From forest to farmland and meadow to metropolis, or, when did the Anthropocene begin?
Did humans affect global climate before the Industrial Era? While this question is hotly debated, the co-evolution of humans and the natural environment since the last Ice Age had an undisputed role in influencing the development and present state of terrestrial ecosystems. Yet we still have a very incomplete picture of human-environment interactions over the last 21,000 years, both spatially and temporally.
In order to address this problem, Jed Kaplan has prepared a new synthesis of demographic, technological, and economic development over preindustrial time, and a database of historical urbanization covering the last 8000 years. These data are combined with a dynamic global vegetation model to quantify the magnitude and timing of global anthropogenic land cover change in the late Pleistocene and preindustrial Holocene. His results highlight the importance of the long histories of both climate change and human demographic, economic, and technological history on the development of continental-scale landscapes. Kaplan emphasizes the need for improved datasets that use archaeological data synthesis and build on recent theory of preindustrial economic and technological change.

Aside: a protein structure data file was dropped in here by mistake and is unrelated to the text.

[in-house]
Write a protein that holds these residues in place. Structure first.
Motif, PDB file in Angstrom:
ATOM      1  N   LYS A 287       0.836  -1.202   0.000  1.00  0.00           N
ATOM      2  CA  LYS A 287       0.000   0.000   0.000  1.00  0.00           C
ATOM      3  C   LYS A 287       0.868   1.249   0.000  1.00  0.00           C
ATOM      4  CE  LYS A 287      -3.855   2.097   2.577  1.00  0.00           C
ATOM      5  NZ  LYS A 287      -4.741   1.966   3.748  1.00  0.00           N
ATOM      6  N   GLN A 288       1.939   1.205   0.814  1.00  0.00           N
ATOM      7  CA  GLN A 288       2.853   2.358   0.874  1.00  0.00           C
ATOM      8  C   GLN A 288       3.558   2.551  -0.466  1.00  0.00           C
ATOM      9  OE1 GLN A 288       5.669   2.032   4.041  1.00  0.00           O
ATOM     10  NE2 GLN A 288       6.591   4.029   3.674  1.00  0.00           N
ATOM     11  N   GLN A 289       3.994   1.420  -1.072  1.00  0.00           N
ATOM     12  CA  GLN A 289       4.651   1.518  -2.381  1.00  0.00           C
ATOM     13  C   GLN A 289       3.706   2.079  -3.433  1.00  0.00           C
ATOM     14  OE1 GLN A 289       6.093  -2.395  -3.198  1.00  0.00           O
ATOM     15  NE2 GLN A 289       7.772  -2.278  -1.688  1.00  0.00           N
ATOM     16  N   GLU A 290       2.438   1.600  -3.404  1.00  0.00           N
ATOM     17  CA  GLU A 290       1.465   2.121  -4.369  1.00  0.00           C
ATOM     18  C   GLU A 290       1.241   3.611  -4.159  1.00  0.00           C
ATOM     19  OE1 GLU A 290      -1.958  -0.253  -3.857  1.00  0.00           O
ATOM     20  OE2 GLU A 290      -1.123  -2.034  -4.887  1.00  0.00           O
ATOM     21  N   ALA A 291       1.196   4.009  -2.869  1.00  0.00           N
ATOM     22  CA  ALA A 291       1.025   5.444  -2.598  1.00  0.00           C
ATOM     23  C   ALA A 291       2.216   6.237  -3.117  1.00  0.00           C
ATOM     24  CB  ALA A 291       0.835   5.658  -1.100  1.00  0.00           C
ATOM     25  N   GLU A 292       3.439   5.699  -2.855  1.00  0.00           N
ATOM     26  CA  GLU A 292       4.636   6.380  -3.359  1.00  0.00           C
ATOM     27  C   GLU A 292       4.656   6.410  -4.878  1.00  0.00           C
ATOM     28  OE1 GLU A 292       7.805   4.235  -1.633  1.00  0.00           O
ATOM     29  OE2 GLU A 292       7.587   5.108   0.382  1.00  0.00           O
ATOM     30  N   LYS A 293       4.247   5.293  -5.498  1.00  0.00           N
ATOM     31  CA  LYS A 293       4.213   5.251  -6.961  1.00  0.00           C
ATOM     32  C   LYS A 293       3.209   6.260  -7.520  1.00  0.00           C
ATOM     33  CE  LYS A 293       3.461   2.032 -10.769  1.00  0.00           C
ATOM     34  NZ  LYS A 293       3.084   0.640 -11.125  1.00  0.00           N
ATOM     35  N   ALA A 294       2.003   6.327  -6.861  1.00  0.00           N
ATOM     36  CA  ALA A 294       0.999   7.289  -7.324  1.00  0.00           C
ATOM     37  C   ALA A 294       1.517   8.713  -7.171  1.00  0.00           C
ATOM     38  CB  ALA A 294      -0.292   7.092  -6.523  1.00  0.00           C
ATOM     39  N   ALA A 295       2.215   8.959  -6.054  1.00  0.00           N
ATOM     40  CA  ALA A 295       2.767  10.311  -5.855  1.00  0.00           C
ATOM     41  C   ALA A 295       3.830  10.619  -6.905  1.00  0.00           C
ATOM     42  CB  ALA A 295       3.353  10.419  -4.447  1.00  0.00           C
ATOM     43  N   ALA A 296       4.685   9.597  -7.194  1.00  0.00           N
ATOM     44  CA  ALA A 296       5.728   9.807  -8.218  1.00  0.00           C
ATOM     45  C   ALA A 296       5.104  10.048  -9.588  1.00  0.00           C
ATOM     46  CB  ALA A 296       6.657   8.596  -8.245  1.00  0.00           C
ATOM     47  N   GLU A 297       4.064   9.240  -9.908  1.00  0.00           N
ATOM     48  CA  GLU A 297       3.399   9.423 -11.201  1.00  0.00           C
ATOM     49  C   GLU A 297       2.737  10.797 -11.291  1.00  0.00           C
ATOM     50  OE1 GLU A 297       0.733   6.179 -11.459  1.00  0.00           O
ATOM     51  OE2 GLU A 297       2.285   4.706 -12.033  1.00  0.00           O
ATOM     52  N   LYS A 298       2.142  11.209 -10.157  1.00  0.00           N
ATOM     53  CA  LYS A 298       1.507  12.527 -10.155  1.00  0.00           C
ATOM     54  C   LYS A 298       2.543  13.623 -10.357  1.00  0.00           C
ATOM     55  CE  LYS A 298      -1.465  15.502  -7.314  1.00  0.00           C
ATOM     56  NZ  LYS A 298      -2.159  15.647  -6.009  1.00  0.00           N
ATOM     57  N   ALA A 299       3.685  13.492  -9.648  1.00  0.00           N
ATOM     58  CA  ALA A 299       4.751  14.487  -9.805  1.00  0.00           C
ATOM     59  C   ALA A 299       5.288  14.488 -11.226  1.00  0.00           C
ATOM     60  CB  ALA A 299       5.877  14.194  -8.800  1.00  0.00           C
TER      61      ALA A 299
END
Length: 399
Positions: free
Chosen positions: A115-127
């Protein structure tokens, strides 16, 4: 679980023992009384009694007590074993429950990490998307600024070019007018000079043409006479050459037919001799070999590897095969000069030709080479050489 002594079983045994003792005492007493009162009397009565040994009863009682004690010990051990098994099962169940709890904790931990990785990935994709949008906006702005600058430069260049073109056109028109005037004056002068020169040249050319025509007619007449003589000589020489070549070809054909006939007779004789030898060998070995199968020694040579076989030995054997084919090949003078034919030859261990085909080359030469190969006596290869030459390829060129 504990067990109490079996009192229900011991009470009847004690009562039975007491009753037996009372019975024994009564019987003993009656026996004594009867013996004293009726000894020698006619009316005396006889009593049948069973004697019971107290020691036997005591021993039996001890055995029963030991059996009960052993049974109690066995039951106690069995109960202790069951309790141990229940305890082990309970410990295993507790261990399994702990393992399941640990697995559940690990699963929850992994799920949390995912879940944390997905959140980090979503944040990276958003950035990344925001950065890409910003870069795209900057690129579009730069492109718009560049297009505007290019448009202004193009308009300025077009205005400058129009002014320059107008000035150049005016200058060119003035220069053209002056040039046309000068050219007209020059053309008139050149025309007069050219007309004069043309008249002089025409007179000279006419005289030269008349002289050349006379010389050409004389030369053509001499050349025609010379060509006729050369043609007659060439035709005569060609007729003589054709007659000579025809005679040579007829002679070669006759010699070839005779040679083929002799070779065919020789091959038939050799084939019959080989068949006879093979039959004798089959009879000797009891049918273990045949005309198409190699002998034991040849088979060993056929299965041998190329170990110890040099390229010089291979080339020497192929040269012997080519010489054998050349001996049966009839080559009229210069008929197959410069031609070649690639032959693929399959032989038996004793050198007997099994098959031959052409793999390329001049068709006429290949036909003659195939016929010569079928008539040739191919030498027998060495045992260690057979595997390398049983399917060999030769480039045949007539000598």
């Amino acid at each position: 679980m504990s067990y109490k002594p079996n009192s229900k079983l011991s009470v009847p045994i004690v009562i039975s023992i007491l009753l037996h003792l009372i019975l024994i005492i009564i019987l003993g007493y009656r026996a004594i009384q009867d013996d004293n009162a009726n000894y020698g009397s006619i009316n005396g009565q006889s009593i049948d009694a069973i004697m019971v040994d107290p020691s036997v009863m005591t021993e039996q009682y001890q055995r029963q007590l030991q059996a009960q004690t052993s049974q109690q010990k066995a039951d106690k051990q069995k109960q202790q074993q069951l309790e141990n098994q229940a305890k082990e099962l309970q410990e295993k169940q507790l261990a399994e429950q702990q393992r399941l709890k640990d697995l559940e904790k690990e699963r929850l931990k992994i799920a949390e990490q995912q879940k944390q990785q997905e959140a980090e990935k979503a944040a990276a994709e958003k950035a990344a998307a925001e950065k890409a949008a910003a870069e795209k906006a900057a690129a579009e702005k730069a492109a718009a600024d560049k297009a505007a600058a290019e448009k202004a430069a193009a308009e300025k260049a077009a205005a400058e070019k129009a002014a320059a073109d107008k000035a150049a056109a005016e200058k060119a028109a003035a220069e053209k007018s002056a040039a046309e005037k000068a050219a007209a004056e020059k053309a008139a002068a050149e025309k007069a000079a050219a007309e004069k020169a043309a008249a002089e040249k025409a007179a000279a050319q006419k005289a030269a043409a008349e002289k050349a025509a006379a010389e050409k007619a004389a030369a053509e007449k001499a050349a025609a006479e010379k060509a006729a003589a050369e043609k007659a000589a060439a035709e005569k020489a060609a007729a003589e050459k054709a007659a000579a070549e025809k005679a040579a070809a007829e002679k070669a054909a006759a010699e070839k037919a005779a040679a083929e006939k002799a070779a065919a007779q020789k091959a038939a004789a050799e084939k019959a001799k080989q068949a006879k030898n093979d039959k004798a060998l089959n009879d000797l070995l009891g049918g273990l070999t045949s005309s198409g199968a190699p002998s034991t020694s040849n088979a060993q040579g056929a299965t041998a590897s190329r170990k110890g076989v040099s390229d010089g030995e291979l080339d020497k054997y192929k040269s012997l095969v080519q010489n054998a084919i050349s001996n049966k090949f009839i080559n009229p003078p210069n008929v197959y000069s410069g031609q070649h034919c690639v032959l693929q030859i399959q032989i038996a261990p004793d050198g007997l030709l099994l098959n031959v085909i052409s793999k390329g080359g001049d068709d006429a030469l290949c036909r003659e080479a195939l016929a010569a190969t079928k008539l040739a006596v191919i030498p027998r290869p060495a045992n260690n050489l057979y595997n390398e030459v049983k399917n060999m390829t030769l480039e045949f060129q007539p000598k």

Jed Kaplan was born in Berkeley, California USA. He studied Earth Sciences and Geography at Dartmouth College in New Hampshire USA and received his Ph.D. in Plant Ecology at Lund University, Sweden in 2001. Jed held postdoctoral fellowships in Germany, Canada, Italy and Switzerland, and became a Swiss National Science Foundation Professor in 2008. He held professorships at the Federal Technical University of Lausanne, the University of Geneva, and the University of Lausanne. He is currently senior scientist at ARVE Research GmbH and the Max Planck Institute for the Science of Human History.
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